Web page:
Soaring demand for crude oil in China, India and other developing nations has set off a scramble to secure future energy supplies that could undermine the economic and national security of the United States.
The United States, Europe and Japan increasingly will be forced to compete with developing nations, especially China and India, the world's two fastest growing major economies, which comprise more than a third of the world's population.
"The center of gravity in world oil is shifting," said Daniel Yergin, the chairman of Cambridge Energy Research Associates and an author of "The Prize," an award-winning history of oil.
"Last year, Asia consumed more oil than North America," Yergin said. He predicts an oil supply shift, too, as Africa, Russia and former Soviet republics compete with the Middle East to fill the growing demand for oil.
The developing world's growing appetite for oil is one reason gasoline prices have shot up for Americans. Over time, these emerging economies will also shape not just global oil flows and prices but also world events, said Anne Korin, the co-director of the Washington-based Institute for the Analysis of Global Security, an energy security think tank.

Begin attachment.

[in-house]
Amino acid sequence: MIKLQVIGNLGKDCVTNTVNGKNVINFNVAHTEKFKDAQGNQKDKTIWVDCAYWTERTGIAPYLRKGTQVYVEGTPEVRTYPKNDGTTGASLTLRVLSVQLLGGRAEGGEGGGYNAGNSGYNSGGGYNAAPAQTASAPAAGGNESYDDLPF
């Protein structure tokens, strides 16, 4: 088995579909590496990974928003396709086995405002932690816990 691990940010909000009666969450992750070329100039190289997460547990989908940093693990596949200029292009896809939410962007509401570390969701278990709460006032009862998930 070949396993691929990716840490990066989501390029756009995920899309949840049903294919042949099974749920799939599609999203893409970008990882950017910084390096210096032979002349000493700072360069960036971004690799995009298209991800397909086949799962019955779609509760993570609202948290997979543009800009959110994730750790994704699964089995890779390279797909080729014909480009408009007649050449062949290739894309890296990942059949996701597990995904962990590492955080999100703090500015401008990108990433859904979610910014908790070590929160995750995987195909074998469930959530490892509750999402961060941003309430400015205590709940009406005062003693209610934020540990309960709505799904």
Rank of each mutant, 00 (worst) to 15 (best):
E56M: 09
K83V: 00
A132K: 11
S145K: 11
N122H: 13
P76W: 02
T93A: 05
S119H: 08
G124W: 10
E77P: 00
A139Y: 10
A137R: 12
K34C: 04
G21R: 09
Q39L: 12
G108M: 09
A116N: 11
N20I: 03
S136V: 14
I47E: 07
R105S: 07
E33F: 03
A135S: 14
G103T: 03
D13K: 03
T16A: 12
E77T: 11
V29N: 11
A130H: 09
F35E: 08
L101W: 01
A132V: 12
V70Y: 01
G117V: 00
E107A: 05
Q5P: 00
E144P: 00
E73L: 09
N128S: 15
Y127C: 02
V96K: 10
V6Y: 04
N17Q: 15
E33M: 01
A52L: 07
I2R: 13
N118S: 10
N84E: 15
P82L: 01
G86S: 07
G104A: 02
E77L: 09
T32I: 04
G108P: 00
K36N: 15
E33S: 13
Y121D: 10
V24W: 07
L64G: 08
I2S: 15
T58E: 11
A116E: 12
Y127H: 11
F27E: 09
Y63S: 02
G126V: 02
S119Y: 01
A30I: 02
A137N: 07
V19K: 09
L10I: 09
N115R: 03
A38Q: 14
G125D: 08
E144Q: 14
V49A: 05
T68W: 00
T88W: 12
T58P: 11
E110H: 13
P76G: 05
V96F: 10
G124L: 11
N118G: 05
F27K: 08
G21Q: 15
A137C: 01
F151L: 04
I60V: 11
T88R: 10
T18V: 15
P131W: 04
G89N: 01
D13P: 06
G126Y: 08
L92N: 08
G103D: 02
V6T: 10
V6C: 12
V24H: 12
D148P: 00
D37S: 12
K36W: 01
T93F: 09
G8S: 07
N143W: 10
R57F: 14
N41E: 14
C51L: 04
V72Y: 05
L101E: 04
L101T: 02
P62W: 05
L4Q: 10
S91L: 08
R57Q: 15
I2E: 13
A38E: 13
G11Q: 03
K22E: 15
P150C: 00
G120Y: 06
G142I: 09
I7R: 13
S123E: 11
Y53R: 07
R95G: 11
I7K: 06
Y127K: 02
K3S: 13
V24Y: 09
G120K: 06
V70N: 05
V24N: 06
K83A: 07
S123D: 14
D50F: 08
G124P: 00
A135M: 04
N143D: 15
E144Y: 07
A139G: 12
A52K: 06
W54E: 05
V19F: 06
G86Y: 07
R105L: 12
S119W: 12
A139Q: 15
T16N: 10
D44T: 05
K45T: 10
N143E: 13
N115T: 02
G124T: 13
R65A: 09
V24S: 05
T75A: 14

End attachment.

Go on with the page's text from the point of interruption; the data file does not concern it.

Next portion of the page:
"A third of humanity doesn't want to ride bikes anymore," she said. "That has profound geopolitical implications."
China and India already have moved aggressively to strengthen their relations with two oil-rich countries - Sudan and Iran - undermining U.S. sanctions against Sudan's regime and undercutting U.S. efforts to halt Iran's nuclear ambitions.
"We are in a situation right now where the energy consumption of the developing world is having an impact on the foreign policy options of the United States," said Korin.
For now, the United States remains well positioned, at least when it comes to energy supplies. The proven reserves in the Middle East make it the expected primary global supplier of crude oil. Iraq, where the United States has forcefully established a beachhead, has proven oil reserves of between 78 and 112 billion barrels.